MECHANICSBURG, Pa.— Civil War and More Bookstore in Mechanicsburg has books for adults and children, as well as music, souvenirs, some model ironclads, and maps. Many of the maps owner Jim Schmick sells are replicas of charts drawn up during the Civil War.

One of these was created by Jedediah Hotchkiss, staff cartographer for Confederate General Stonewall Jackson. Oddly enough, he wasn’t originally a Southerner.

“He is from the Binghamton, New York area,” Jim Schmick said. “And one of his first jobs was as a school teacher around Lykens, teaching the coal miners’ kids. So as a hobby, he taught himself cartography and drawing of maps. And he mapped out the Cumberland down into the Shenandoah Valley.”

Page from Hotchkiss Sketch Book Detailing a Mountain Pass
Library of Congress

He eventually moved to the Shenandoah Valley in Virginia, where he continues to teach and draw maps.

When the Civil War broke out, he sided with his adopted state of Virginia. His mapmaking abilities soon attracted the attention of General Thomas J. “Stonewall” Jackson, commander of the Second Corps of the Army of Northern Virginia.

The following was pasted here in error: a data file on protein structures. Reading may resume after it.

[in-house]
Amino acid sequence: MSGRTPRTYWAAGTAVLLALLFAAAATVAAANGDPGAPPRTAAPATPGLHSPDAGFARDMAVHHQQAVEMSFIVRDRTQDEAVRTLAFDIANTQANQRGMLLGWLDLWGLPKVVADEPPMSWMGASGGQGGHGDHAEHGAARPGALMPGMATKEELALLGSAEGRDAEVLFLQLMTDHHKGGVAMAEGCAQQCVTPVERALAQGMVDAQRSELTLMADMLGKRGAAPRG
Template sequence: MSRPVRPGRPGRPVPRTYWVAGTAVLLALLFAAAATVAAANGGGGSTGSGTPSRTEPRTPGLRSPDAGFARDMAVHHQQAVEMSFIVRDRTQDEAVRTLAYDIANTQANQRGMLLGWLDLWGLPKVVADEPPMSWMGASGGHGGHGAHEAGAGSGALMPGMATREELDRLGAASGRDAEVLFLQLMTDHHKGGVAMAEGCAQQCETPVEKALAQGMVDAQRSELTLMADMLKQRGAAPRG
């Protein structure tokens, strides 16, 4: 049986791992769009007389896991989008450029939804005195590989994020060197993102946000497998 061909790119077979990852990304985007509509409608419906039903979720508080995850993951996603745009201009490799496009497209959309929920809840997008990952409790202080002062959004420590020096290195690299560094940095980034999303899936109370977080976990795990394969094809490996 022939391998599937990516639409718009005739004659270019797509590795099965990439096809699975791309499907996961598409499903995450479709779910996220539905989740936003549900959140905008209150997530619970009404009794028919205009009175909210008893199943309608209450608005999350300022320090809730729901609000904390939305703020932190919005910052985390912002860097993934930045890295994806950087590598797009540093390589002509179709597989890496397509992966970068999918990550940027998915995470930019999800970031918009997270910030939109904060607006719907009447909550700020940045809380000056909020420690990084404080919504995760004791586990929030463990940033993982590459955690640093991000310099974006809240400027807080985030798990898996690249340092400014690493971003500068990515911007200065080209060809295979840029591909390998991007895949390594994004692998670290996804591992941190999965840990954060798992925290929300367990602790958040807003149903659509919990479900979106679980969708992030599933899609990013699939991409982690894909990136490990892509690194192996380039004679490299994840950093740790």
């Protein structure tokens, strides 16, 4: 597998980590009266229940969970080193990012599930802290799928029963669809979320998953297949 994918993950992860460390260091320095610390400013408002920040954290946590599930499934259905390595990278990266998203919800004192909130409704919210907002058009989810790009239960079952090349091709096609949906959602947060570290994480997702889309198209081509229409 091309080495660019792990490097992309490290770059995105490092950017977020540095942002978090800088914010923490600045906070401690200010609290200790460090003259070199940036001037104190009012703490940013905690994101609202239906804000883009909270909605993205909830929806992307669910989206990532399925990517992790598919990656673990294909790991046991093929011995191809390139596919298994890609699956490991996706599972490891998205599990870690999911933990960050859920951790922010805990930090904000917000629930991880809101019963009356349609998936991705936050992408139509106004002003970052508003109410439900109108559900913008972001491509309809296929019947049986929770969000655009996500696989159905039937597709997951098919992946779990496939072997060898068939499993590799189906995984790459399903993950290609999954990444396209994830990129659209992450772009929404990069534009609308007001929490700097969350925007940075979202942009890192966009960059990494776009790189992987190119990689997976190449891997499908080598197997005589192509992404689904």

In a sense, the story of Hotchkiss’s Pennsylvania map starts in Maryland. On September 17th, 1862, Robert E. Lee’s first attempt to carry the war into the North got stopped at the Battle of Antietam.

“This was the bloodiest single day of the Civil War. Overall casualties exceeded 22,000 dead, wounded, and missing, which was just unprecedented. It was definitely a bloodletting on the scale of which the United States had not yet seen,” Dr. Christian B. Keller, Director of the Military History Program at the Army War College said.

Undaunted by their failure, Lee and Stonewall Jackson soon begin planning another invasion for 1863. On February 23, 1863, Jackson ordered Jed Hotchkiss to start work on a map of Pennsylvania.

The map Hotchkiss created now resides at the Handley Library in Winchester, Va. It’s part of the collection of the Stewart Bell Jr. Archives, located in the library’s basement. It received extensive conservation in the 1980s, and now sits in a special conservation frame and matting, with special glass to protect it from ultraviolet light. Usually, it’s also covered with a black cloth, but they brought it out so we could see and photograph it.

“This was meant to be a theater map, which would show Jackson the whole area of potential conflict,” Lorna Loring, an Archive Associate said.